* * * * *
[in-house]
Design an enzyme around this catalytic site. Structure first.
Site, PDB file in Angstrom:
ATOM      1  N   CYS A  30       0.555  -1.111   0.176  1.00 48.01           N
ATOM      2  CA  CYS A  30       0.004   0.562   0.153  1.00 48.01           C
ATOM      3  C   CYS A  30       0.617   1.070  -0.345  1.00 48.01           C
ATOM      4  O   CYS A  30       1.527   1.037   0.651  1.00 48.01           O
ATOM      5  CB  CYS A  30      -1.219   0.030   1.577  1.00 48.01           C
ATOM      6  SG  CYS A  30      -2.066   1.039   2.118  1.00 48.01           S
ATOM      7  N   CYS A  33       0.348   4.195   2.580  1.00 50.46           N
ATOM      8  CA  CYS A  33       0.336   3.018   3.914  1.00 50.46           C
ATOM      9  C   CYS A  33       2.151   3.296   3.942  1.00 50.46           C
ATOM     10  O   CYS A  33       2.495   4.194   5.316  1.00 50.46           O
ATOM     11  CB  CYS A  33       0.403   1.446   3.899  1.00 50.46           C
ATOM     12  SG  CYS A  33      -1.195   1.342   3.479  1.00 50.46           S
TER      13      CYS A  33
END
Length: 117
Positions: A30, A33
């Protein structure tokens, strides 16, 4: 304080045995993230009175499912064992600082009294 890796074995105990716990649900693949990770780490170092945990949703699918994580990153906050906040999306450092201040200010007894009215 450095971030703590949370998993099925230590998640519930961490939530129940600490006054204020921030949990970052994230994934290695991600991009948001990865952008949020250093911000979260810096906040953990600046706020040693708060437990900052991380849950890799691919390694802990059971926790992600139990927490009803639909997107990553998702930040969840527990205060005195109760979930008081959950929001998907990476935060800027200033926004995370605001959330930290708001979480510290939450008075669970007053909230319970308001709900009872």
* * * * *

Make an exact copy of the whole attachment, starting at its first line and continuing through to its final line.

[in-house]
Design an enzyme around this catalytic site. Structure first.
Site, PDB file in Angstrom:
ATOM      1  N   CYS A  30       0.555  -1.111   0.176  1.00 48.01           N
ATOM      2  CA  CYS A  30       0.004   0.562   0.153  1.00 48.01           C
ATOM      3  C   CYS A  30       0.617   1.070  -0.345  1.00 48.01           C
ATOM      4  O   CYS A  30       1.527   1.037   0.651  1.00 48.01           O
ATOM      5  CB  CYS A  30      -1.219   0.030   1.577  1.00 48.01           C
ATOM      6  SG  CYS A  30      -2.066   1.039   2.118  1.00 48.01           S
ATOM      7  N   CYS A  33       0.348   4.195   2.580  1.00 50.46           N
ATOM      8  CA  CYS A  33       0.336   3.018   3.914  1.00 50.46           C
ATOM      9  C   CYS A  33       2.151   3.296   3.942  1.00 50.46           C
ATOM     10  O   CYS A  33       2.495   4.194   5.316  1.00 50.46           O
ATOM     11  CB  CYS A  33       0.403   1.446   3.899  1.00 50.46           C
ATOM     12  SG  CYS A  33      -1.195   1.342   3.479  1.00 50.46           S
TER      13      CYS A  33
END
Length: 117
Positions: A30, A33
């Protein structure tokens, strides 16, 4: 304080045995993230009175499912064992600082009294 890796074995105990716990649900693949990770780490170092945990949703699918994580990153906050906040999306450092201040200010007894009215 450095971030703590949370998993099925230590998640519930961490939530129940600490006054204020921030949990970052994230994934290695991600991009948001990865952008949020250093911000979260810096906040953990600046706020040693708060437990900052991380849950890799691919390694802990059971926790992600139990927490009803639909997107990553998702930040969840527990205060005195109760979930008081959950929001998907990476935060800027200033926004995370605001959330930290708001979480510290939450008075669970007053909230319970308001709900009872």